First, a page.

If your analytics project doesn’t have a champion, then you most likely see a general lack of focus, an unclear vision and an uninterested leadership. Can you be that champion? If you think you can then do the Moneyball and Enchantment things from my last blog. They will help you gain your champion’s belt.

When you read Enchantment, you will start to understand that an analytics champion does as much influencing with their analysis as they do reporting.

Another way t5.5o be seen as the champion, is to make friends with people. Dropping off a box of donuts with the IT developers or sending thank you notes to project team members who went above and beyond is just as important as mastering the coding language used by your new analytics tools.

I keep a lot of analytics books on my desk. I make it obvious that I am always thinking about data and how to use it to improve what we do. I share a lot of content about analytics on social media. People know me as the data guy. You want to be like that if you want to be crowned Analytics Champion.

Analytics Culture – The key to using analytics in a business is like a secret sauce that fuels Data-Driven Decison-Making. It is a unique combination of analytics talent, technology and technique that are brought together to enrich and empower an organization. A successful analytics culture is not easy to create, but DMAIPH can show you how. Contact DMAIPH now at analytics@dmaiph.com or connect with me directly so we can build a strategic plan to turn your company into analytics driven success story.

Continued Growth in Data Analytics Outsourcing Market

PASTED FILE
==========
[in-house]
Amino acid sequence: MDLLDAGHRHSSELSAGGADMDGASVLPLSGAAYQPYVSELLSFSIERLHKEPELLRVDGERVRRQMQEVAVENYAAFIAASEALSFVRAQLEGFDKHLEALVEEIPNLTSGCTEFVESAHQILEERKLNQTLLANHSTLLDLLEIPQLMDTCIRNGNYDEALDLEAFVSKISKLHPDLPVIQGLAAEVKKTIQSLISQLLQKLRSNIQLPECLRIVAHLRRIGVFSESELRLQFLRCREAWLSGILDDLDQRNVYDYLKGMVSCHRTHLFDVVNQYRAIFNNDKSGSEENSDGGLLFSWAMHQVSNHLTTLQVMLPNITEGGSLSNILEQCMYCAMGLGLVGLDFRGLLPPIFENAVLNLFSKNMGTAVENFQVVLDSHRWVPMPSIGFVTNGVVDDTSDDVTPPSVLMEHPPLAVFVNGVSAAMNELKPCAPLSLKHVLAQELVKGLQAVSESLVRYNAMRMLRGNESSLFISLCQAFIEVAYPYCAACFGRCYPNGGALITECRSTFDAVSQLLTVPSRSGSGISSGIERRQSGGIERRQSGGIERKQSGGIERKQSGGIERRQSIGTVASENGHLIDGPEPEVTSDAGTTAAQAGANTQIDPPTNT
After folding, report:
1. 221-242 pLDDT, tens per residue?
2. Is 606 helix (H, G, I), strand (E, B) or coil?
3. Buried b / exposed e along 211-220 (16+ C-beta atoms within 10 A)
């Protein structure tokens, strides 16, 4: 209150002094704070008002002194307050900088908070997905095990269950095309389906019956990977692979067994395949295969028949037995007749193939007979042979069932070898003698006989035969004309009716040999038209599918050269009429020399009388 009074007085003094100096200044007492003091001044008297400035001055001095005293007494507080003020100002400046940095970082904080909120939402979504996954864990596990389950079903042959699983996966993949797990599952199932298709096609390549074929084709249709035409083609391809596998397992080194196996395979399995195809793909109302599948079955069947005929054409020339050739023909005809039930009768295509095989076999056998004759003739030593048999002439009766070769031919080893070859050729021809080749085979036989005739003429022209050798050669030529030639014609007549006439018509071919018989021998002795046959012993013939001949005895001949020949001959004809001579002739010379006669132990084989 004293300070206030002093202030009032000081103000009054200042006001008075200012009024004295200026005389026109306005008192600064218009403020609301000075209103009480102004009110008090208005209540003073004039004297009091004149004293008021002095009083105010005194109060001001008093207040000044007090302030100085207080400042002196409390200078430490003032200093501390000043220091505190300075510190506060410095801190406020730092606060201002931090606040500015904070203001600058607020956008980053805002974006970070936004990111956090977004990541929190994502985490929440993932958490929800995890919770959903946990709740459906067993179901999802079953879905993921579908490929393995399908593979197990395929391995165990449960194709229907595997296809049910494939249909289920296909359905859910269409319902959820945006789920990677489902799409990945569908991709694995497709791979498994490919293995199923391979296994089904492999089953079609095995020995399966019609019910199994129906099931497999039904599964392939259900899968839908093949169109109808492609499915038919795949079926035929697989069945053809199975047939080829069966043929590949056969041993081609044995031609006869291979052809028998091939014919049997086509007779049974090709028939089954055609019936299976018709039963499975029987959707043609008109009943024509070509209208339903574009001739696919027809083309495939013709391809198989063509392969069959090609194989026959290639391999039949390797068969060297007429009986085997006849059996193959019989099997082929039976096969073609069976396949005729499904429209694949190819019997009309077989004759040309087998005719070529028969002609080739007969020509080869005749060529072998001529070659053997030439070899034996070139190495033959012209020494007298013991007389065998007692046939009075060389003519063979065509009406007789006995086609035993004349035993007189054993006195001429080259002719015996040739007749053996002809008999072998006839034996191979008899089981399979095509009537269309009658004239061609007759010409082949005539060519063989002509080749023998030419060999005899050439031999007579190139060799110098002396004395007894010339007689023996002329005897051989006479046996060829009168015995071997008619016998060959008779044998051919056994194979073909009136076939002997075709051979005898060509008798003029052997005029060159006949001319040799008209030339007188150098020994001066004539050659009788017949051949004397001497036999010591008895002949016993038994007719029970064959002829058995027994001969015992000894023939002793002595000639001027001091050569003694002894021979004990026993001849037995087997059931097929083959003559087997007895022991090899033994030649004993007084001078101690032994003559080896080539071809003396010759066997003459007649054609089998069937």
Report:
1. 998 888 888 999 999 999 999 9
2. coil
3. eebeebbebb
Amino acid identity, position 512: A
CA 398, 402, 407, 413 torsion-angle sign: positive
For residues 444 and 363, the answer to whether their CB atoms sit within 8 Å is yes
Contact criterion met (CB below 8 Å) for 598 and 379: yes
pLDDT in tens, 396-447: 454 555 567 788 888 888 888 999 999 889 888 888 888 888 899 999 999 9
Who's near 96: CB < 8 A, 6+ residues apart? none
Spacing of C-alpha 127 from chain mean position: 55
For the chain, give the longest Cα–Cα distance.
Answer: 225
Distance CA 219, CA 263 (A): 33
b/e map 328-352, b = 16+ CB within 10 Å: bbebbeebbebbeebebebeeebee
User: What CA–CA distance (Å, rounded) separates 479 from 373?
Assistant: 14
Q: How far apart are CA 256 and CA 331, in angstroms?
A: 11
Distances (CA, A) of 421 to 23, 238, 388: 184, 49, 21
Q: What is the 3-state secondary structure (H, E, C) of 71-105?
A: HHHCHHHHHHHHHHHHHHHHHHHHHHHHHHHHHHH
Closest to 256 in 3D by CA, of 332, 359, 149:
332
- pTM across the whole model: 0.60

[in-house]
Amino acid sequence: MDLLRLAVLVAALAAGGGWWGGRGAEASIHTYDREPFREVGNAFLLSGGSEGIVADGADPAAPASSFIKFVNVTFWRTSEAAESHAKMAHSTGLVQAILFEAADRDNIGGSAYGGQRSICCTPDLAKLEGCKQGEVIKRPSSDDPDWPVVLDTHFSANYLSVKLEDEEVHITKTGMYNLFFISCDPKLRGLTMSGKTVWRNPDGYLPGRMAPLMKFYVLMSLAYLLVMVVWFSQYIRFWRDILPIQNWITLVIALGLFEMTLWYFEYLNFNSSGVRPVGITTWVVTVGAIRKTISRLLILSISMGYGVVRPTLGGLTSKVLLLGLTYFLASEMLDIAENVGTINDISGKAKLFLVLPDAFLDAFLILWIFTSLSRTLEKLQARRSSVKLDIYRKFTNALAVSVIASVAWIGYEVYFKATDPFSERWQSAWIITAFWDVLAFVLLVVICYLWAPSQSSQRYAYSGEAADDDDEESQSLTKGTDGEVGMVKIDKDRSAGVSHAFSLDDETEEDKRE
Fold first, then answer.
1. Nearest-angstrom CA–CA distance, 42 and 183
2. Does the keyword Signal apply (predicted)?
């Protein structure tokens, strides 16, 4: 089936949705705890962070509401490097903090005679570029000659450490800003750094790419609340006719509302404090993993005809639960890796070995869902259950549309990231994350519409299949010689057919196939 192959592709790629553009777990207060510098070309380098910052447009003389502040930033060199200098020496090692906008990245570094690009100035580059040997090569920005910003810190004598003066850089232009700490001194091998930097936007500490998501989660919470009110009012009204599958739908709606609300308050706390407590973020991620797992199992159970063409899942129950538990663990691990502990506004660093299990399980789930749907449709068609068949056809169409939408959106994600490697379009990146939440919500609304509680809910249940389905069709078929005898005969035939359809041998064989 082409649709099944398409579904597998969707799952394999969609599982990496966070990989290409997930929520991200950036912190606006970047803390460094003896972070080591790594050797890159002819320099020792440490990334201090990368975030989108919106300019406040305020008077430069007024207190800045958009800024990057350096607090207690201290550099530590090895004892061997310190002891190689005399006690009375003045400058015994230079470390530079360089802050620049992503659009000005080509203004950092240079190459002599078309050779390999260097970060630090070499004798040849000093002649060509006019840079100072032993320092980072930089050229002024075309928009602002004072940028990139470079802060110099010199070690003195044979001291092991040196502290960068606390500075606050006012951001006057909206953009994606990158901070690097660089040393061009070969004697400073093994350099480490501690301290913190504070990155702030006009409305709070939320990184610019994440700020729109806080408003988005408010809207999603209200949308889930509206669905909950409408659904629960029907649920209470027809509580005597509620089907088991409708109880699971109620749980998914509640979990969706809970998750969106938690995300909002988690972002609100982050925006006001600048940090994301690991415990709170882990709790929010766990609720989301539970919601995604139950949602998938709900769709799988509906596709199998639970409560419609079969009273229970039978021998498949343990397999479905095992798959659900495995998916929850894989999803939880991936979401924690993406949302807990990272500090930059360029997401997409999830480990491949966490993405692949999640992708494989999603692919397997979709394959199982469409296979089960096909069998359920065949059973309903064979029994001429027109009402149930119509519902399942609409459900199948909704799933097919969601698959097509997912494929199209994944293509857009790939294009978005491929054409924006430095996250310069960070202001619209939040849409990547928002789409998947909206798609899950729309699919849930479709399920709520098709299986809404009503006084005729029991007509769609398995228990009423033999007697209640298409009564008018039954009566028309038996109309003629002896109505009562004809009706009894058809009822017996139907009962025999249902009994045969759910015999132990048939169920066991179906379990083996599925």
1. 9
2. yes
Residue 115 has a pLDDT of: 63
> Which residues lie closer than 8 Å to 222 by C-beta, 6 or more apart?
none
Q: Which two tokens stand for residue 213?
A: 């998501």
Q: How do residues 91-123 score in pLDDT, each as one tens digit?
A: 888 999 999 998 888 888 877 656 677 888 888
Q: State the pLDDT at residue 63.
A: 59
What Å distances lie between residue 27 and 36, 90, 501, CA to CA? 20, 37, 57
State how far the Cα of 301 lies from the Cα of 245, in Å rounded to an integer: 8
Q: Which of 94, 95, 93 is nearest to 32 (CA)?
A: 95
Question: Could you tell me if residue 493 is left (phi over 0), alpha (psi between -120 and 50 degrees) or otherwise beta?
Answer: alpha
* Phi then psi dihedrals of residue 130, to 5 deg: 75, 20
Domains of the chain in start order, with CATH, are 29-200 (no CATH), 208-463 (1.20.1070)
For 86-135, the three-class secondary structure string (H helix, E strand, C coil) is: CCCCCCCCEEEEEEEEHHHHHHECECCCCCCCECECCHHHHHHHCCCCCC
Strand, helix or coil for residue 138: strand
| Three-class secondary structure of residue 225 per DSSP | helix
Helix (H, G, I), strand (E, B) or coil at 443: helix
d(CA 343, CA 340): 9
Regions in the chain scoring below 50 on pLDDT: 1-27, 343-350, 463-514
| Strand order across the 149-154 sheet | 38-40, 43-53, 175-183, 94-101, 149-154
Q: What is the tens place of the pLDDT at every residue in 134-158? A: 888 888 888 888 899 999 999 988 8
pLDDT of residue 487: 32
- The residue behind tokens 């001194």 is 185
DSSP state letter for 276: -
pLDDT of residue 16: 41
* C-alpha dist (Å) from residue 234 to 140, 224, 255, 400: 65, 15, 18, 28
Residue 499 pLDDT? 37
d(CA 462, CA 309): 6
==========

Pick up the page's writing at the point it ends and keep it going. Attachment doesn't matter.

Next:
http://www.datasciencecentral.com/profiles/blogs/analysts-forecast-continued-growth-in-data-analytics-outsourcing

Came across this interesting article and thought I’d share it…

The Trend of Outsourcing Data Analytics Activities

Over the past few years, businesses from all realms have come to accept the benefits of effective data analytics in understanding consumer choices properly and maximizing revenue potential. This has significantly boosted the demand for effective data analytics services in the global market.

However, not all organizations have the in-house knowledge, resources, and experience that it takes to analyze data effectively. What’s more, the resource pool of data analytics professionals has grown tight in the recent years, leading to a dearth of analysts who can develop competitively advantageous data insights. This has significantly boosted the global demand for effective data analytics services in the past few years.

The report on data analytics outsourcing market presents detailed insights about the major elements of the market and gives an overview of some of the factors that are impacting the market’s developmental prospects.

The data included in the report comes from a number of sources, including face-to-face and telephonic interviews, industry databases, and field observation data. Data pertaining to factors such as the primary concerns faced by the global data analytics market in the present scenario, the major growth drivers that are leveraging the market’s growth prospects, and the major trends that are defining consumer priorities in the market has been collected. The validity of the findings has been confirmed by cross-checking with multiple sources of information. The entire process of the research and development of the report also draws on the prior experience of researchers and inputs from industry experts.

I’ve sent up a couple of analytics team in the Philippines for clients in the U.S. and India. If you find yourself short on talent, resources and/or funding, I can help you get a team up in running in no time.

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Why Analytics Projects Fail: #3 – Lack of Management Support

Nothing sucks more for an analyst than taking on an analytics project without support from above. Great analysts are generally only great if they have bosses who advocate for more analytics.

If no one at the top really understands the benefits of implementing your project, if the leadership will continue to use their gut in decision-making regardless of what your project achieves, then start updating your resume. This outcome happens often when the company does not have a business culture supportive of data-driven decision-making.